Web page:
The process of acquiring data from multiple sources, cleaning the data (removing/replacing missing/redundant data), combining the data to acquire only required fields and entries, and preparing the data for easy access and analysis.
A boundary that separates the elements of one class from the elements of another class. See this link for a good explanation on decision boundary.
A supervised learning algorithm that models a tree where every branch represents a set of alternatives and leaves represent the decisions. By taking a series of decisions along the branches, we ultimately reach the desired result at one of the leaves. See this link for an in-depth explanation on decision trees.
A subfield of machine learning that uses the power of neural network to accelerate the processing of algorithms to make computations on huge amount of data.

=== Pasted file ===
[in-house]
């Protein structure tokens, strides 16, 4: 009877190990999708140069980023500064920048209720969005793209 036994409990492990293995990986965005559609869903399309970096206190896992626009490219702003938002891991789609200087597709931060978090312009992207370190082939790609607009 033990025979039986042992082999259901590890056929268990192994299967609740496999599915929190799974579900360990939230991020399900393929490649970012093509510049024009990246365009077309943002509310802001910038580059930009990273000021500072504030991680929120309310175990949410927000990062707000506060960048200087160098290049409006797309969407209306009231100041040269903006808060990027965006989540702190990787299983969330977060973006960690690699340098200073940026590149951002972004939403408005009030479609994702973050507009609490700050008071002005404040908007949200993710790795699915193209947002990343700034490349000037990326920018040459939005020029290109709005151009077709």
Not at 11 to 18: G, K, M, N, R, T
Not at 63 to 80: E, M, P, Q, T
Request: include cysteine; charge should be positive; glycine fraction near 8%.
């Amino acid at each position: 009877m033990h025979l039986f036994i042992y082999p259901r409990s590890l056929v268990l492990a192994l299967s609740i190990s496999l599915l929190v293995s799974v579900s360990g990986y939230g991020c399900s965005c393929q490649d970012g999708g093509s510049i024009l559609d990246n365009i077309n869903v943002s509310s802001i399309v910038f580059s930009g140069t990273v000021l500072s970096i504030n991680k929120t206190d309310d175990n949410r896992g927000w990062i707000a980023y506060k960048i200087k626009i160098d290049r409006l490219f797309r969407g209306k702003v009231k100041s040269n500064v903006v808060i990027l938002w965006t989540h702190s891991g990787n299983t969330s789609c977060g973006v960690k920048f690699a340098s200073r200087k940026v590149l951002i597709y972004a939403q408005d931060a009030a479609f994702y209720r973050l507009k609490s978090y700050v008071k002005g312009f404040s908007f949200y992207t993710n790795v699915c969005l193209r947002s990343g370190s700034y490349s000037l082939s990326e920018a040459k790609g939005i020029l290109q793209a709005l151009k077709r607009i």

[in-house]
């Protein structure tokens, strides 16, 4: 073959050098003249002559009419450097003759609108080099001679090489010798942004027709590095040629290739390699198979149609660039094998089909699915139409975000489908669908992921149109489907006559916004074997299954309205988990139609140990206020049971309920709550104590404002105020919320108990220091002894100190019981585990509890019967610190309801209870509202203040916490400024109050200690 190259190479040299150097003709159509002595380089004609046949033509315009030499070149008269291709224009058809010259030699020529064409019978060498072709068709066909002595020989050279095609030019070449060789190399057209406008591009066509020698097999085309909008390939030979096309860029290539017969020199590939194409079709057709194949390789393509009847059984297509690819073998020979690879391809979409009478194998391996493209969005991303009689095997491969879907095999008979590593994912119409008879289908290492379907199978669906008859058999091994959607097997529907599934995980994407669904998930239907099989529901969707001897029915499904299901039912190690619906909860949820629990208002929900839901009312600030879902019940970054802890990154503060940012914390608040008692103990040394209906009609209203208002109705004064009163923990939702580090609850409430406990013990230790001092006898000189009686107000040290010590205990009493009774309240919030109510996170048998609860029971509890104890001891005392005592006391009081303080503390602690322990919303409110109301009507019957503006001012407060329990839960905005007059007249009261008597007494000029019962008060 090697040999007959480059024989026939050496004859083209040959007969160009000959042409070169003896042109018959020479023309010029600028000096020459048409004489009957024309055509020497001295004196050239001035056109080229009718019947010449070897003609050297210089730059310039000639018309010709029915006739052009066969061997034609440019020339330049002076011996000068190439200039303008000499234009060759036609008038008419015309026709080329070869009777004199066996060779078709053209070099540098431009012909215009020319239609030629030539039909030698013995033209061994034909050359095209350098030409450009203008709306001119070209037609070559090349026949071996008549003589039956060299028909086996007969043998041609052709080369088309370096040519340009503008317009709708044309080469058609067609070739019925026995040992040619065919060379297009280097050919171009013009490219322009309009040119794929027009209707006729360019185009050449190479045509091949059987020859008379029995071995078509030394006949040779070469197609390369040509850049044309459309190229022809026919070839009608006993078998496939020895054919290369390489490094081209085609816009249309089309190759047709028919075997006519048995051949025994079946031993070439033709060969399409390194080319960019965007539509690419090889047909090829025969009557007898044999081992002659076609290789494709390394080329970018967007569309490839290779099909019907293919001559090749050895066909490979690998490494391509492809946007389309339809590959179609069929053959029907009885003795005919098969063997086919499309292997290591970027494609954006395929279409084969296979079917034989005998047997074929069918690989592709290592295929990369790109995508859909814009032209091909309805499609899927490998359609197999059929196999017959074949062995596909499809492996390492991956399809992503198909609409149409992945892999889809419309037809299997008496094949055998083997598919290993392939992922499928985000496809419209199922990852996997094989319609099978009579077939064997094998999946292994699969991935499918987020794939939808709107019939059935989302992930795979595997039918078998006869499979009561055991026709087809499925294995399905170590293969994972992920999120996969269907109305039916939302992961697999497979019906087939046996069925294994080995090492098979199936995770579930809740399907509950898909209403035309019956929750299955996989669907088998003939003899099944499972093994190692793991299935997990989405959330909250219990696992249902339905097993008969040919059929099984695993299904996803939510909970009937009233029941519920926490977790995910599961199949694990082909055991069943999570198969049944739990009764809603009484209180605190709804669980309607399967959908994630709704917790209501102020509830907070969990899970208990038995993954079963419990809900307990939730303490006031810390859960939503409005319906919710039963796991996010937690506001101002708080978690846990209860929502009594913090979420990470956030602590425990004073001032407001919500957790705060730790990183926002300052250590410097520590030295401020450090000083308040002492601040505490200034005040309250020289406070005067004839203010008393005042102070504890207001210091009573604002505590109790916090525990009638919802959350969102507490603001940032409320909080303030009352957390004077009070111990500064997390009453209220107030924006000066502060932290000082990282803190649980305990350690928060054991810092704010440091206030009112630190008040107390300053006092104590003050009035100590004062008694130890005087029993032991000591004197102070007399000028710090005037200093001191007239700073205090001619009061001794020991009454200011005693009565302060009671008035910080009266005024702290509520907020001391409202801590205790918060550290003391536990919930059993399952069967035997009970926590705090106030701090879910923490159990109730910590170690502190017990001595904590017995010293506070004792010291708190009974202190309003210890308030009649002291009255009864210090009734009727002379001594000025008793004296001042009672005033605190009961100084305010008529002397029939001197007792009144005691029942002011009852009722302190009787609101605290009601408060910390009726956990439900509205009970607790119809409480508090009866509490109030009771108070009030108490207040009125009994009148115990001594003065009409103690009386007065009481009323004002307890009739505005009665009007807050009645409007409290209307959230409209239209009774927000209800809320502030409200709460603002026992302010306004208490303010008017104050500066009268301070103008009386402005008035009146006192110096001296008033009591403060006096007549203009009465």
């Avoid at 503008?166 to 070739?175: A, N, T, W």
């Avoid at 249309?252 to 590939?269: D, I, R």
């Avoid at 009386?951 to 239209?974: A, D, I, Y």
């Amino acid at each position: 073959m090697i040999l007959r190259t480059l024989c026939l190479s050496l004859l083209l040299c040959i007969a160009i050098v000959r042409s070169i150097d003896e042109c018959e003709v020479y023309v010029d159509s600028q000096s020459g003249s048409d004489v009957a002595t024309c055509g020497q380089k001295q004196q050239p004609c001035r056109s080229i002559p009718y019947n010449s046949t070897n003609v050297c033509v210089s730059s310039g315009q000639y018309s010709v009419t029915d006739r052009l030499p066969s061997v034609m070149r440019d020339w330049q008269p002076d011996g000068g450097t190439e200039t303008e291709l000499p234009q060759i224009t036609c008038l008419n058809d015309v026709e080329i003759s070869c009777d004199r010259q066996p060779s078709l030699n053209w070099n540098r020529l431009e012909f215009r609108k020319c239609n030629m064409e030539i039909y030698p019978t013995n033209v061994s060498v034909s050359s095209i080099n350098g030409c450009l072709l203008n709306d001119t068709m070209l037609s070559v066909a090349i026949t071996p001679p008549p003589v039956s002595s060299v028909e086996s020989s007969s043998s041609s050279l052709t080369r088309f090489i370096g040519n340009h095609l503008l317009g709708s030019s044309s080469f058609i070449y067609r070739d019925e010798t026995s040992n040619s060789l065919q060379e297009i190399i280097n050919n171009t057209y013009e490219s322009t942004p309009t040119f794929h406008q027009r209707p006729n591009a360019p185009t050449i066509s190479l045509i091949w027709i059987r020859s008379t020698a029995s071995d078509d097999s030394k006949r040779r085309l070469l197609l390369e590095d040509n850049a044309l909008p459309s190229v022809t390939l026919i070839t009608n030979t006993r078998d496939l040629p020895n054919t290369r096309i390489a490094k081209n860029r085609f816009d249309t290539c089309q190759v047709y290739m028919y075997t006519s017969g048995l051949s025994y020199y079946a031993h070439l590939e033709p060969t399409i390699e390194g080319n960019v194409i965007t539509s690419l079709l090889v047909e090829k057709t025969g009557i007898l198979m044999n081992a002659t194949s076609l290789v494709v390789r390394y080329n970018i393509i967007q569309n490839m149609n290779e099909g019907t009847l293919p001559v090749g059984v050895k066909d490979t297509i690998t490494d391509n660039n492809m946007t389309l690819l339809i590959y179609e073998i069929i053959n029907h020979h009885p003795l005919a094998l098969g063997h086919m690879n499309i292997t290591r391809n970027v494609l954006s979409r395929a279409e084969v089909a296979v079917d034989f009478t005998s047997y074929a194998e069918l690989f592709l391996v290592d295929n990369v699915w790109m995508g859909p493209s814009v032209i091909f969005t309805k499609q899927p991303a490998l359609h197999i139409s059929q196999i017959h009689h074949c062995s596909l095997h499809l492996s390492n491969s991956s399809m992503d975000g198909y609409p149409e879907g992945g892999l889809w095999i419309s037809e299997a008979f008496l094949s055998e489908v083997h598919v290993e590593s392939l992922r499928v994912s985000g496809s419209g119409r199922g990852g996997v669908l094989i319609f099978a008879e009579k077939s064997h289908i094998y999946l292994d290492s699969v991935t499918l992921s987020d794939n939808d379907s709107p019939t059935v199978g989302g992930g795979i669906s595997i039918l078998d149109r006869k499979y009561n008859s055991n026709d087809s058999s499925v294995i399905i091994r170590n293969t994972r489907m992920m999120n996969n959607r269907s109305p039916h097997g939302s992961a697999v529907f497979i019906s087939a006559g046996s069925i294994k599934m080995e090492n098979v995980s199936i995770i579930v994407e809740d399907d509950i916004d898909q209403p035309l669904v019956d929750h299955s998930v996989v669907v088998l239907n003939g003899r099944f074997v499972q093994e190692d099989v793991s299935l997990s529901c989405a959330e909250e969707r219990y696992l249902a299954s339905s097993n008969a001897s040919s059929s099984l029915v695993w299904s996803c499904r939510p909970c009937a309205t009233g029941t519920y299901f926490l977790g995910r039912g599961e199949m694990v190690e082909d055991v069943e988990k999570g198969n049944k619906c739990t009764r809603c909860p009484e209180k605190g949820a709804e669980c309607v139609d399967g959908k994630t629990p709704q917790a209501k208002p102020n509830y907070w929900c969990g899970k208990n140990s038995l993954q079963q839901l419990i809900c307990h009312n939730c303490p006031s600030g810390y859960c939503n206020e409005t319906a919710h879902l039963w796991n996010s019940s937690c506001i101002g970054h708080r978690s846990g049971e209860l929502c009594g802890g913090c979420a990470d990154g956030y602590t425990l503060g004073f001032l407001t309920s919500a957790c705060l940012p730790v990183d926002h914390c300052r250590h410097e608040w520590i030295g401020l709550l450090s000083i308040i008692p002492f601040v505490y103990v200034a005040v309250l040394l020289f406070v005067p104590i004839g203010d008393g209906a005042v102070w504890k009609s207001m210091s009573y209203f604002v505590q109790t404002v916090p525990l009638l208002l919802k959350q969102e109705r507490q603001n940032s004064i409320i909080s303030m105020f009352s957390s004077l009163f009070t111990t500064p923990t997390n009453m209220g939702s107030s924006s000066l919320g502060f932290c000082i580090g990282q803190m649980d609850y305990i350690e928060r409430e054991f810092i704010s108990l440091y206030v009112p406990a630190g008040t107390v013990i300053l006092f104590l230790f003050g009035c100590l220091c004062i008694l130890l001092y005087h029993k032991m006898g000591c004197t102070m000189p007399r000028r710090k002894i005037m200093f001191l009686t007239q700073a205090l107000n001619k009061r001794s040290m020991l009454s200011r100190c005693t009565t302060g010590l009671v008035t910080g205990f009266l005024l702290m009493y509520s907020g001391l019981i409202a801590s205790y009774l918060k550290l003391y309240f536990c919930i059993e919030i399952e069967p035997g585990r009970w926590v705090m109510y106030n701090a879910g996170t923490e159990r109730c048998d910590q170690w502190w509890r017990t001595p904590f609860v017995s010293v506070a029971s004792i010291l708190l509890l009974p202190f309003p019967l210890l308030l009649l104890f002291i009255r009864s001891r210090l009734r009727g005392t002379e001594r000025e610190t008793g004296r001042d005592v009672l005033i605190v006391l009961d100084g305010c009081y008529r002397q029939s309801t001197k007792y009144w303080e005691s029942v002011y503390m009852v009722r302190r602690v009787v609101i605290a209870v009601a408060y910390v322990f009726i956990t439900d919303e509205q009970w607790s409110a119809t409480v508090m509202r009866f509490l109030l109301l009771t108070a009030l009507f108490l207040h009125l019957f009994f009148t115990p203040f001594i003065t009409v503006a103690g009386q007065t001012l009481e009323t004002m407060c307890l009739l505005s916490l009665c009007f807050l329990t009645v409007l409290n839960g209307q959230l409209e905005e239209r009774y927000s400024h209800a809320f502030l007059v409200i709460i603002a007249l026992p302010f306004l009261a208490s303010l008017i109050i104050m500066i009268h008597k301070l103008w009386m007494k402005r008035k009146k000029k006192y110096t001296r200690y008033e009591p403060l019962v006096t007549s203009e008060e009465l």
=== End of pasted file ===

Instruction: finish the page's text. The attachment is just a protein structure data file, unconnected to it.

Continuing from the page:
A variable that is under test and changes with respect to the change in an independent variable. In a housing price example, change in area results in change in price. Here, price is a dependent variable which depends on the independent variable area.
The process of reducing the number of features or dimensions of a training set without losing much information from the data and increase the model’s performance.
Exploratory Data Analysis
A data analysis approach used to discover insights in the data, often using graphical techniques.
The input variables in a problem set that can be measured to provide information.
Selection of a subset of the most relevant attributes in a problem set. This is done for effective model construction.
An optimization process to minimize the cost function by finding optimum values for the parameters involved.